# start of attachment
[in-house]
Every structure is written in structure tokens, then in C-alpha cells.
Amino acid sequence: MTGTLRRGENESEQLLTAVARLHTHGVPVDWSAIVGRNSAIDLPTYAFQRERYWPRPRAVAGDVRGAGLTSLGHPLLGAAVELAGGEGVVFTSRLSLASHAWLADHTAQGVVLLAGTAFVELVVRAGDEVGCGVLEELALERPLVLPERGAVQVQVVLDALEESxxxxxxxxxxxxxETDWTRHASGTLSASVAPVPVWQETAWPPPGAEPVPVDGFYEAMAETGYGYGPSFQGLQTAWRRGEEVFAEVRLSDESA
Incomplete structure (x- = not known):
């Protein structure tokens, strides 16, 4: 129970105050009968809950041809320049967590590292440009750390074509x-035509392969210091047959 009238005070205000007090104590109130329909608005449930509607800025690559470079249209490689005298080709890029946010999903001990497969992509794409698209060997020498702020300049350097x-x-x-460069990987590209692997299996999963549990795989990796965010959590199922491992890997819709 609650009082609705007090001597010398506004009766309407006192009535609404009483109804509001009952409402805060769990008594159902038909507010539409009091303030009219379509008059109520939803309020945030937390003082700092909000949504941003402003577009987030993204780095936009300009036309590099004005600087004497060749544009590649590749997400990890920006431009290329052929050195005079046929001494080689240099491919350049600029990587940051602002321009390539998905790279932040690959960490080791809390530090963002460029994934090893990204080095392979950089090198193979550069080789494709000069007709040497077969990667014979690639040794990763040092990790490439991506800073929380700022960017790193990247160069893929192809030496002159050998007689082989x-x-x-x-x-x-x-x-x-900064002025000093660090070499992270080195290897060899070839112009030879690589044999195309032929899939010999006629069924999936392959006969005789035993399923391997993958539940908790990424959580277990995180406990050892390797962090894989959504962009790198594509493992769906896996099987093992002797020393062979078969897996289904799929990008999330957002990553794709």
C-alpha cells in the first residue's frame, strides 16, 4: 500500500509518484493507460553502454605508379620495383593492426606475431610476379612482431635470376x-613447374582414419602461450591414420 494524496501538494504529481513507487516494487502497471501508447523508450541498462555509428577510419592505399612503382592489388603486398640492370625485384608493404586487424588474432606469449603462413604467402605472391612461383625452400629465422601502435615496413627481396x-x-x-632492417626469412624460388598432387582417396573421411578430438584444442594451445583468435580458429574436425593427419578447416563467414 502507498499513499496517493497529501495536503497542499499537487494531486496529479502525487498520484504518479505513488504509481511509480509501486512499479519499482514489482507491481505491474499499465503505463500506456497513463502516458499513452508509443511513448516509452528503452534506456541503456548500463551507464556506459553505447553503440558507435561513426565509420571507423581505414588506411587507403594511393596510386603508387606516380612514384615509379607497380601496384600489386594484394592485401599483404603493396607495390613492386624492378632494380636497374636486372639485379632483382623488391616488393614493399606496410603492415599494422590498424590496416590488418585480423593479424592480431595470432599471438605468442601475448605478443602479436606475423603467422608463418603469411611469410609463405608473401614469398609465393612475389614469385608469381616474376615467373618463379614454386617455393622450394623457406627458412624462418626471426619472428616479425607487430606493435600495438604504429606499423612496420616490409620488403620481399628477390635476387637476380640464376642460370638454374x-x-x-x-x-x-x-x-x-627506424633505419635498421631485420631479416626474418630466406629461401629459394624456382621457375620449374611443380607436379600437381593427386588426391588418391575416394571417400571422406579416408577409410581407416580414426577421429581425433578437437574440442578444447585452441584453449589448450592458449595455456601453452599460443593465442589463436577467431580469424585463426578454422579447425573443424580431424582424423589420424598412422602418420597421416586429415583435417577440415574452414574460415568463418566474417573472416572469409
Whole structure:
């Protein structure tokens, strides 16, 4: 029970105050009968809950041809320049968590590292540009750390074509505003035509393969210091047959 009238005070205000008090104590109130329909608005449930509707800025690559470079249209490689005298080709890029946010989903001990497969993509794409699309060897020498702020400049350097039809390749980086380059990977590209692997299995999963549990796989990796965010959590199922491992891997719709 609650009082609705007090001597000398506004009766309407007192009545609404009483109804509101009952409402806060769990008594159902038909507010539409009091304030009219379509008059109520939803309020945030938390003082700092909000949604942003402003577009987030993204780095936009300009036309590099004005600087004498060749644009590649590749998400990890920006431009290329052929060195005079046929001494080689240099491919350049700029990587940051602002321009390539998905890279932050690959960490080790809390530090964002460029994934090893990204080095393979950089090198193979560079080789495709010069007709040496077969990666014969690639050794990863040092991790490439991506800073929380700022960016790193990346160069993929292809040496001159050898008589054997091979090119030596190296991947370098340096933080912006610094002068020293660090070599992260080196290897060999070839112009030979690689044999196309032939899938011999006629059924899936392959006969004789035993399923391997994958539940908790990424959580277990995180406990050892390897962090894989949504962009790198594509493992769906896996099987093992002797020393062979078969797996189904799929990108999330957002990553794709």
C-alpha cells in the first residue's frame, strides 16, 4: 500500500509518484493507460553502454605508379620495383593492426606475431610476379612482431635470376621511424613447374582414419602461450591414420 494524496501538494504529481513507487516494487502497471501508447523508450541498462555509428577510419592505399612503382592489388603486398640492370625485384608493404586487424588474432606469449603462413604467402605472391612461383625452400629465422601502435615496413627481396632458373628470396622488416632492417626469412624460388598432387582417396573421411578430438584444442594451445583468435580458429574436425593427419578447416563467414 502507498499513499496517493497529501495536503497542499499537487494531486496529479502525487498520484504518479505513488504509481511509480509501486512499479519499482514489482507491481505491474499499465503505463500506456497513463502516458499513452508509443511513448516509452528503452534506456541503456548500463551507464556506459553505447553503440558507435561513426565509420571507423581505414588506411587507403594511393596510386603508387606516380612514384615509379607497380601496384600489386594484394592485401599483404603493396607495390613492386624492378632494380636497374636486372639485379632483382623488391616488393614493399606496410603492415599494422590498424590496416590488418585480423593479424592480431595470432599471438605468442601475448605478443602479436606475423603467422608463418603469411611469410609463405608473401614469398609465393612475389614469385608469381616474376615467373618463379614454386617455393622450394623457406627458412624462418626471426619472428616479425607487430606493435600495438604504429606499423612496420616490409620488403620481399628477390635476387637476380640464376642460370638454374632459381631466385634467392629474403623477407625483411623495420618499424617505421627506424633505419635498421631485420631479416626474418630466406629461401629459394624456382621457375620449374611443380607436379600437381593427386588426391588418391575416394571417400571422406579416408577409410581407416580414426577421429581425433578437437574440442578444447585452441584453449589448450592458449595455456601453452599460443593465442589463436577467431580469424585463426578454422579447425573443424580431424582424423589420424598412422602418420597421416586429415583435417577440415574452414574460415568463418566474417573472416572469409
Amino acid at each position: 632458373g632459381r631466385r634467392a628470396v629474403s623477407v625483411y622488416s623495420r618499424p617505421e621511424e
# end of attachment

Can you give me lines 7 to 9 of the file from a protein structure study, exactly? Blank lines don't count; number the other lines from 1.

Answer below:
Whole structure:
């Protein structure tokens, strides 16, 4: 029970105050009968809950041809320049968590590292540009750390074509505003035509393969210091047959 009238005070205000008090104590109130329909608005449930509707800025690559470079249209490689005298080709890029946010989903001990497969993509794409699309060897020498702020400049350097039809390749980086380059990977590209692997299995999963549990796989990796965010959590199922491992891997719709 609650009082609705007090001597000398506004009766309407007192009545609404009483109804509101009952409402806060769990008594159902038909507010539409009091304030009219379509008059109520939803309020945030938390003082700092909000949604942003402003577009987030993204780095936009300009036309590099004005600087004498060749644009590649590749998400990890920006431009290329052929060195005079046929001494080689240099491919350049700029990587940051602002321009390539998905890279932050690959960490080790809390530090964002460029994934090893990204080095393979950089090198193979560079080789495709010069007709040496077969990666014969690639050794990863040092991790490439991506800073929380700022960016790193990346160069993929292809040496001159050898008589054997091979090119030596190296991947370098340096933080912006610094002068020293660090070599992260080196290897060999070839112009030979690689044999196309032939899938011999006629059924899936392959006969004789035993399923391997994958539940908790990424959580277990995180406990050892390897962090894989949504962009790198594509493992769906896996099987093992002797020393062979078969797996189904799929990108999330957002990553794709």
C-alpha cells in the first residue's frame, strides 16, 4: 500500500509518484493507460553502454605508379620495383593492426606475431610476379612482431635470376621511424613447374582414419602461450591414420 494524496501538494504529481513507487516494487502497471501508447523508450541498462555509428577510419592505399612503382592489388603486398640492370625485384608493404586487424588474432606469449603462413604467402605472391612461383625452400629465422601502435615496413627481396632458373628470396622488416632492417626469412624460388598432387582417396573421411578430438584444442594451445583468435580458429574436425593427419578447416563467414 502507498499513499496517493497529501495536503497542499499537487494531486496529479502525487498520484504518479505513488504509481511509480509501486512499479519499482514489482507491481505491474499499465503505463500506456497513463502516458499513452508509443511513448516509452528503452534506456541503456548500463551507464556506459553505447553503440558507435561513426565509420571507423581505414588506411587507403594511393596510386603508387606516380612514384615509379607497380601496384600489386594484394592485401599483404603493396607495390613492386624492378632494380636497374636486372639485379632483382623488391616488393614493399606496410603492415599494422590498424590496416590488418585480423593479424592480431595470432599471438605468442601475448605478443602479436606475423603467422608463418603469411611469410609463405608473401614469398609465393612475389614469385608469381616474376615467373618463379614454386617455393622450394623457406627458412624462418626471426619472428616479425607487430606493435600495438604504429606499423612496420616490409620488403620481399628477390635476387637476380640464376642460370638454374632459381631466385634467392629474403623477407625483411623495420618499424617505421627506424633505419635498421631485420631479416626474418630466406629461401629459394624456382621457375620449374611443380607436379600437381593427386588426391588418391575416394571417400571422406579416408577409410581407416580414426577421429581425433578437437574440442578444447585452441584453449589448450592458449595455456601453452599460443593465442589463436577467431580469424585463426578454422579447425573443424580431424582424423589420424598412422602418420597421416586429415583435417577440415574452414574460415568463418566474417573472416572469409